History of the Sporting Lisbon Home Kit

A galaxy of superstars has donned the famous green and white hoops of Sporting Lisbon.

Cristiano Ronaldo, Luis Figo, Fernando Peyroteo*.

And, apart from relatively minor differences in style, they’ve all worn practically the same home shirt.

But has this always been the case? And what is the history of the Sporting Lisbon home kit?


History of the Sporting Lisbon Home Kit

Well, it begins in 1902 with a side named Sport Clube de Belas. Destined for a brief but spectacular existence, Belas wore a white shirt and played in front of thousands including the royal family.

Despite their undeniable popularity, the side would only play a handful of games together and disbanded shortly after.

A New Club is Formed

Two years later, members of that Belas side decided to form a new team, this time naming it Campo Grande Football Club.

Ambitious, but not so imaginative, Campo Grande simply adopted the white colours of Sport Clube de Belas.

It didn’t take long, however, for cracks to form.

Some wanted to take their sporting endeavours seriously. While others were more interested in pursuing the social aspects. And so the club split.

From its ashes rose a new side – one that would go on to become one of Portugal’s most successful – Sporting Clube de Portugal.

With its foundation on July 1, 1906, came a new look, the addition of a rather fetching green.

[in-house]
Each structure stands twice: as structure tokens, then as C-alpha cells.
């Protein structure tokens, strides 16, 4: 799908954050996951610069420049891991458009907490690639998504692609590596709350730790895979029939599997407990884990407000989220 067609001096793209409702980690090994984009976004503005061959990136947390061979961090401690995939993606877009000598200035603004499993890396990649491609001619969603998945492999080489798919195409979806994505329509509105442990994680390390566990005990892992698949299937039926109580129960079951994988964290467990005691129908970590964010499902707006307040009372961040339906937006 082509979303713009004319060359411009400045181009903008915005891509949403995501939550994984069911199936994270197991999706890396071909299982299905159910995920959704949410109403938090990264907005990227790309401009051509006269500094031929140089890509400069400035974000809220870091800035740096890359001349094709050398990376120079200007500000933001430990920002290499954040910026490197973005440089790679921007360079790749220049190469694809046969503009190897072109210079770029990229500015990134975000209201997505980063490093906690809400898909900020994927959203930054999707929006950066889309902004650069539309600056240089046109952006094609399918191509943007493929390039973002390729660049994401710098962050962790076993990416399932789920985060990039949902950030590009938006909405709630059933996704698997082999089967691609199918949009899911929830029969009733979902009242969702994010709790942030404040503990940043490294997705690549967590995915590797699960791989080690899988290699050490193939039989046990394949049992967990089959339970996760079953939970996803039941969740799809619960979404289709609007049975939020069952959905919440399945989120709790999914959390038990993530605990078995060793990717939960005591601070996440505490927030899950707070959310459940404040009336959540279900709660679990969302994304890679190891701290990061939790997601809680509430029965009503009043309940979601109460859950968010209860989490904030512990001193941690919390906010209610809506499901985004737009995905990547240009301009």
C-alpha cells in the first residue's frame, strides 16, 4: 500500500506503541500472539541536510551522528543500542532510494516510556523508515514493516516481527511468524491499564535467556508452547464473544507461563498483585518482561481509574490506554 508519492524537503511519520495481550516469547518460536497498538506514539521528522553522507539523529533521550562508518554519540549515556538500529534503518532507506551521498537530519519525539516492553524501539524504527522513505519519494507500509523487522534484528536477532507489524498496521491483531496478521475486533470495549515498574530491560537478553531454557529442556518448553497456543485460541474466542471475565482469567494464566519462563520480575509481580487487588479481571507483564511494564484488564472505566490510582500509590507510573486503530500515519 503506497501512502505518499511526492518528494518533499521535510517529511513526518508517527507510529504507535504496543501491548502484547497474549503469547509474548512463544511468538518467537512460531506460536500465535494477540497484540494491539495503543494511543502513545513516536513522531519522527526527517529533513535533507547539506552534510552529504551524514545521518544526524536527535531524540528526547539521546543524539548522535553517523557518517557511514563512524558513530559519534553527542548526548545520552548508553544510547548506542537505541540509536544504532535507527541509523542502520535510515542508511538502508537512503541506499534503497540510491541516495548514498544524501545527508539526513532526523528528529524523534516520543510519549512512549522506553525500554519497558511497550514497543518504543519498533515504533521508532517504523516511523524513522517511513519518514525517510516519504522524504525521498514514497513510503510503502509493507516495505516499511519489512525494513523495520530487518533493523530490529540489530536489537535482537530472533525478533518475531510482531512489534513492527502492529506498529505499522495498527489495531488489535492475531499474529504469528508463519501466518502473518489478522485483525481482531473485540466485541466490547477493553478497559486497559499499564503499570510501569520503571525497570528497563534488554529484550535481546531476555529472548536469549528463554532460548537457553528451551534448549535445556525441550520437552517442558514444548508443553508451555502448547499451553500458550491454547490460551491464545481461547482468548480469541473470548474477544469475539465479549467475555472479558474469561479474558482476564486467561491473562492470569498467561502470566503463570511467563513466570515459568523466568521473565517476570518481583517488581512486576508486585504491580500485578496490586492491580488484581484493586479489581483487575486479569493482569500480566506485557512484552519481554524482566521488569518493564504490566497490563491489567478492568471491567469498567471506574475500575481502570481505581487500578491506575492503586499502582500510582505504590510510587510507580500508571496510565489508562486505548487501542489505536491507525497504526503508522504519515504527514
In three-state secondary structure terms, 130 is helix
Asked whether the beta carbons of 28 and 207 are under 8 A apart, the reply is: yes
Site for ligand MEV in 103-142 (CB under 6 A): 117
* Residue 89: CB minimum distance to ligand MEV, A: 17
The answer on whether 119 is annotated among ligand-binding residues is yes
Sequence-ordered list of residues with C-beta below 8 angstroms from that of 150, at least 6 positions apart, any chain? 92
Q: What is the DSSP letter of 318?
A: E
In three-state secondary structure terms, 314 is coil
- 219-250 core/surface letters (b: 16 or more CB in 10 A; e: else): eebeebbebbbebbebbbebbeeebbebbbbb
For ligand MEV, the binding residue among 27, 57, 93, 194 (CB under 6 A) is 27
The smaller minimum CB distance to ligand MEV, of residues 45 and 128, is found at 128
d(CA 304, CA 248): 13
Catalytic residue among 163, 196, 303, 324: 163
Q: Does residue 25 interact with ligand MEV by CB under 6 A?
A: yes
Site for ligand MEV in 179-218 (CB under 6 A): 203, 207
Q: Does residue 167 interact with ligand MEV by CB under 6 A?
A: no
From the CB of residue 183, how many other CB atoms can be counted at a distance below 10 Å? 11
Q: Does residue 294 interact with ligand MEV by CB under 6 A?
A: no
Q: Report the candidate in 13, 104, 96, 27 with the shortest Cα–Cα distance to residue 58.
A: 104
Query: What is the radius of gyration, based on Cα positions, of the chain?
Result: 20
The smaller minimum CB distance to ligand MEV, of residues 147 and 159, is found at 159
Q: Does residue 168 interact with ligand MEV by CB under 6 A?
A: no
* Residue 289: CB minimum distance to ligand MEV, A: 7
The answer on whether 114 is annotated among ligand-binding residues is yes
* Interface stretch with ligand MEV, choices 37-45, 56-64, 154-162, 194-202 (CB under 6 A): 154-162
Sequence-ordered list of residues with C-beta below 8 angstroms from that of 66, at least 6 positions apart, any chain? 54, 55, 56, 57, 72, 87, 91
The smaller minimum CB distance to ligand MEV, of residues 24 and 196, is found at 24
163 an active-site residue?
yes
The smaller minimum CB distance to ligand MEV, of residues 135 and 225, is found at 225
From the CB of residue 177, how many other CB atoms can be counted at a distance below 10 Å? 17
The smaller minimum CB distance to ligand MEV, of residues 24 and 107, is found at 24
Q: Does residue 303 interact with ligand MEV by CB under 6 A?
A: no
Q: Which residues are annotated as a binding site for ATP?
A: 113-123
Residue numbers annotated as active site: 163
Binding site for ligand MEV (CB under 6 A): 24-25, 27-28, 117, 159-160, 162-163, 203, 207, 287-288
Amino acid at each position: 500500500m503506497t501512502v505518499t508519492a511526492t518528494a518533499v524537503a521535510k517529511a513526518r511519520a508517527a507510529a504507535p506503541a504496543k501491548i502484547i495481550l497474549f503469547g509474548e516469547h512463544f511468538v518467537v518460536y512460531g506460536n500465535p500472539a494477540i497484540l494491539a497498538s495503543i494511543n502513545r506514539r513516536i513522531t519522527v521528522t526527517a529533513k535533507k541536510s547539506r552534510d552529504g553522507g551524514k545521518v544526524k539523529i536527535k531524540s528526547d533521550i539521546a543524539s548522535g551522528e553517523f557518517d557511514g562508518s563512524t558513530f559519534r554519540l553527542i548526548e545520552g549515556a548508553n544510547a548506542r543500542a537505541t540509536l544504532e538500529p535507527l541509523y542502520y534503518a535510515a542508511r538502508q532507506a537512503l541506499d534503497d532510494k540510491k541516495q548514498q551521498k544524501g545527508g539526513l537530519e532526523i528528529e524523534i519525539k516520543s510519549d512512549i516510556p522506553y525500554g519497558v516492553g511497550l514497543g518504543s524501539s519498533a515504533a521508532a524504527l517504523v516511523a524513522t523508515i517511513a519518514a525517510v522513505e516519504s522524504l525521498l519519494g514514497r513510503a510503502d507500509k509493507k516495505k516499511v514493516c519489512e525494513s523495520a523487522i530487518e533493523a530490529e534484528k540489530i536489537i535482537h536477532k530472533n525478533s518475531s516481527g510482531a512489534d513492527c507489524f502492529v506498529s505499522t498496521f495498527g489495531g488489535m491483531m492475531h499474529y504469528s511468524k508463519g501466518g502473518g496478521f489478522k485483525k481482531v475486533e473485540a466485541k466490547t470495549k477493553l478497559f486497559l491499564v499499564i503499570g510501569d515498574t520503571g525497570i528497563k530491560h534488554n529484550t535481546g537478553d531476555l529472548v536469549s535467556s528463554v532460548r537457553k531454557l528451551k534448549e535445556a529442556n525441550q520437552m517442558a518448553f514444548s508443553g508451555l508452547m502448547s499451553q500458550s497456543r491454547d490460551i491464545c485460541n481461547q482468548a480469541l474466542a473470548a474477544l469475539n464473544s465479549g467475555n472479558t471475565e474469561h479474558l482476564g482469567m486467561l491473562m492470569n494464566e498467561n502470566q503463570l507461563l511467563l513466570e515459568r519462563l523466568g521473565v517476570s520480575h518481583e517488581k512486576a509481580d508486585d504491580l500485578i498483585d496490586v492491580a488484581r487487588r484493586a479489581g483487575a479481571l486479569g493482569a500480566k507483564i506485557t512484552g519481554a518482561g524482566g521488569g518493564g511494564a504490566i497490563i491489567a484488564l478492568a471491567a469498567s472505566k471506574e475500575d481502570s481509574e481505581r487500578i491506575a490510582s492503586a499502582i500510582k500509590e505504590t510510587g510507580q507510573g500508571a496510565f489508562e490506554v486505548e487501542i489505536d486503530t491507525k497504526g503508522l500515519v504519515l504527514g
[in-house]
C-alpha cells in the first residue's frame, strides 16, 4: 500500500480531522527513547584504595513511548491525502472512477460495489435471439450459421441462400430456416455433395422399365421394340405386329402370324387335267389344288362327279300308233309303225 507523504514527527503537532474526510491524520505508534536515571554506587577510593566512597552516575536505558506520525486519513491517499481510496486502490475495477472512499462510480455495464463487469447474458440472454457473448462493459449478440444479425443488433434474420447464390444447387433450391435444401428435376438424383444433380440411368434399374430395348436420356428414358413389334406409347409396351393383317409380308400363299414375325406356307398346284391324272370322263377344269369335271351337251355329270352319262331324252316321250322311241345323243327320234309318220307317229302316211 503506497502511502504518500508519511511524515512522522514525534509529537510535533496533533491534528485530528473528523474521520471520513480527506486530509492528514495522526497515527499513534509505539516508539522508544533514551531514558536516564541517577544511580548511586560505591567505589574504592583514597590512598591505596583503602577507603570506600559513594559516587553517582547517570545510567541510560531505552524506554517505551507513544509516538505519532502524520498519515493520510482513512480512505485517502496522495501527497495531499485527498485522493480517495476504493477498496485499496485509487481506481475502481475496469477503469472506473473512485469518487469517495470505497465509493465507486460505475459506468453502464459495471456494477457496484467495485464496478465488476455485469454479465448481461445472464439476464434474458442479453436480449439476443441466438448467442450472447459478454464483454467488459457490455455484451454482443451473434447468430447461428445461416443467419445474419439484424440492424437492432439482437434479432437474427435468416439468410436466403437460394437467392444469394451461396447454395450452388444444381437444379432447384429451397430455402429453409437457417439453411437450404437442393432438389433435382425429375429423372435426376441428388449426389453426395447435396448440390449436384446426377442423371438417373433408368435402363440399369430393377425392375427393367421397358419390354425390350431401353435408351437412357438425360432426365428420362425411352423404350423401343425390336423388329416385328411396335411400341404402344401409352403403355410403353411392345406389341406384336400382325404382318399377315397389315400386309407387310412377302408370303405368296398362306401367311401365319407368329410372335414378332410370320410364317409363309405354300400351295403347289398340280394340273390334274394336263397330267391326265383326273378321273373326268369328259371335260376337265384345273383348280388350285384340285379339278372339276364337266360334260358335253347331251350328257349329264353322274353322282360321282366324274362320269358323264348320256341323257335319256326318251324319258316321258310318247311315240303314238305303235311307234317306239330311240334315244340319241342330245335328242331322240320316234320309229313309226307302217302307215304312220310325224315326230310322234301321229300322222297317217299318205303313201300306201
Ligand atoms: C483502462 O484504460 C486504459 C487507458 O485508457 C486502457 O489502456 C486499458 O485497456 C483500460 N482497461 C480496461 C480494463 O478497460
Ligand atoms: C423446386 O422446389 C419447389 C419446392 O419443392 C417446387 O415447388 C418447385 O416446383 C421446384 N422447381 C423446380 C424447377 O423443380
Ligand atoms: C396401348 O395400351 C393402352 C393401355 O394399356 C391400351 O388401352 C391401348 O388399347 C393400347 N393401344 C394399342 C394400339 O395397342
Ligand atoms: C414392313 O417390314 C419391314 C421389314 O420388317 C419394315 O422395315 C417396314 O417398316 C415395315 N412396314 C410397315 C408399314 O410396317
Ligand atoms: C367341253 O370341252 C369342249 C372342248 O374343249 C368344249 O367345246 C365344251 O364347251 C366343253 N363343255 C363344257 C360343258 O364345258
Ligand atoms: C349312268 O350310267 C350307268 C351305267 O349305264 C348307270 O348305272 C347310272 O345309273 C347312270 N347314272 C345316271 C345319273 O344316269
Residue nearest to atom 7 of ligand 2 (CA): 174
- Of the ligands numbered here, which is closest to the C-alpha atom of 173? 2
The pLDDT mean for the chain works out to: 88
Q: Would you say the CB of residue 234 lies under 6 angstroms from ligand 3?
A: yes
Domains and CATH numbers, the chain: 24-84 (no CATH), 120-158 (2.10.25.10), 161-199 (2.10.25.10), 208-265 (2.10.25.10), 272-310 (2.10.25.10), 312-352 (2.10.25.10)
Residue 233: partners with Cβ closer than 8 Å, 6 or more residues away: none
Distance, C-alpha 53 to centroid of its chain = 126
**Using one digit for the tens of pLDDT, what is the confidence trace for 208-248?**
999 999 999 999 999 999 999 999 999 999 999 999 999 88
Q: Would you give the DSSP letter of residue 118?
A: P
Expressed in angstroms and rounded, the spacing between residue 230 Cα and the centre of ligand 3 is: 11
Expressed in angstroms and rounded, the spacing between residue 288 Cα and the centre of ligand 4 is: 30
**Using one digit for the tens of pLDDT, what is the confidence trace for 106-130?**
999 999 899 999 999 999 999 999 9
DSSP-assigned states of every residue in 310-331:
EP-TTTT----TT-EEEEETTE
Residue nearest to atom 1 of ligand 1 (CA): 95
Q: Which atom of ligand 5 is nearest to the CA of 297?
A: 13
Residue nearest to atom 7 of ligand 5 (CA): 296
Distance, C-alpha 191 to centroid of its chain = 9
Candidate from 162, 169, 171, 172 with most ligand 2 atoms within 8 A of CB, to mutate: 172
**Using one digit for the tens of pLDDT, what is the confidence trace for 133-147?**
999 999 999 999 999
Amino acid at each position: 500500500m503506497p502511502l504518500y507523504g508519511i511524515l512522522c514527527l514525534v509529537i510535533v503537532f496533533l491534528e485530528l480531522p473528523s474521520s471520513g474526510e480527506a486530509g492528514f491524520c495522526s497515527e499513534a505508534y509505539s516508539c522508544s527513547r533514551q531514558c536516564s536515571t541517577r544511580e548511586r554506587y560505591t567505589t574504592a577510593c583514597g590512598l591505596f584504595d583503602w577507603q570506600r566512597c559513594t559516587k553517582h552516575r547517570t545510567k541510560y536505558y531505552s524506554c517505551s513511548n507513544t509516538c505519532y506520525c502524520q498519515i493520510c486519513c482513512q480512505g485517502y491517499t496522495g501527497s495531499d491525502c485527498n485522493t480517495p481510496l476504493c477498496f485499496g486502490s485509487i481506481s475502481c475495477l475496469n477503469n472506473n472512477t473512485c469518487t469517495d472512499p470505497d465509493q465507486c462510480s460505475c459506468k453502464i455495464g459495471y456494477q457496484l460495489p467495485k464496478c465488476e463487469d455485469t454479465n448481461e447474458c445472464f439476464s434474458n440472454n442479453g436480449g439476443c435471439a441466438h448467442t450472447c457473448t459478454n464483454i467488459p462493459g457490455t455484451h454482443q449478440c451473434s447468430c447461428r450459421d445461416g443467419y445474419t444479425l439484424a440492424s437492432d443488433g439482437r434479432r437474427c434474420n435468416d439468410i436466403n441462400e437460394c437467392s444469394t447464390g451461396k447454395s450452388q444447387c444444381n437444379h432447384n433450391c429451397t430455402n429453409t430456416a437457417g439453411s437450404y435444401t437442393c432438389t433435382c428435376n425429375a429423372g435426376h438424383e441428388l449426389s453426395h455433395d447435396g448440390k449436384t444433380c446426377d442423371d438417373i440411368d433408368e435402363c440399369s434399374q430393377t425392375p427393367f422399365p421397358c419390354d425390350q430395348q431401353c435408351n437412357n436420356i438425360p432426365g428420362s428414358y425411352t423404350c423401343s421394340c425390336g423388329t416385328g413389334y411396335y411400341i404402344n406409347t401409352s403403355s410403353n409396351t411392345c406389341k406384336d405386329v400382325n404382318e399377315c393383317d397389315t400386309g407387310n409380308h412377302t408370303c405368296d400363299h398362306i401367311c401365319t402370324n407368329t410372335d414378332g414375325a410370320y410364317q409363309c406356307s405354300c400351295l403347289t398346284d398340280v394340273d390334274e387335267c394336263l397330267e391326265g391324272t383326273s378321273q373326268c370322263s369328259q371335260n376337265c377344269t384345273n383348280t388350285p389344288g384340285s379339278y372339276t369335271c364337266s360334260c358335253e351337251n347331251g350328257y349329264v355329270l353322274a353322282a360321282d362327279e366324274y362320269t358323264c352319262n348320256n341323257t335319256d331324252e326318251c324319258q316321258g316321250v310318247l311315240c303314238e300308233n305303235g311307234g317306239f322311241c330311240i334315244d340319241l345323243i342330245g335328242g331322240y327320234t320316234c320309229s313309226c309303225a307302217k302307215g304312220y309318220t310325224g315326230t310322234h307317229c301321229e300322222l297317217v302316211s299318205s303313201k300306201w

Hoops Make Their Debut

Initially, Sporting divided their strip down the middle. A green half and a white half. The design was named the “Stromp” after club founder, Francisco Stromp, and the style and name are still used for some of Sporting’s alternative kits.

But somewhere in the late ‘20s or early ‘30s, Sporting ditched the Stromp for their home kits and adopted hoops, taking inspiration from Sporting’s rugby team. And the design change stuck.

Since that point, the Leões have remained relatively consistent in their kit design.

The year 1981 saw the introduction of a kit manufacturer’s logo. Puma’s leaping cat. Which was replaced a year later by the rooster of French brand, Le Coq Sportif.

The final major change came in the 1987/88 season when Danish company Hummel took over. And, for the first time, a full-time shirt sponsor was introduced.

Claiming this prestigious spot was Portuguese air-conditioning company, FNAC. No, probably not as exciting as it could have been. But a historic look none-the-less.


Where Can I Buy or Sell Vintage Sporting Lisbon Kits?

Buying or selling a vintage Sporting Lisbon kit is easy. Simply head to FutbolMarkt’s Marketplace. There, you’ll find an extensive collection of football memorabilia, sold by football fans just like you. Can’t see what you want? Not a problem. Simply head to the Wanted Items section and put a call out. Someone will get back to you soon.


*Fernando Peyroteo is Sporting CP’s leading scorer with 544 goals in 334 appearances. At 1.63 goals a game, he’s got a better scoring record than Pele at Santos (0.98), Lionel Messi at Barcelona (0.88), and Cristiano Ronaldo at Real Madrid (1.03). Stats correct as of January 2, 2020, from FIFA.com.

Main header: Sporting Lisbon/Facebook

About the author: sammemurray11
Arsenal fan. Saturday league journeyman. Pantofola d'Oro fanboy.

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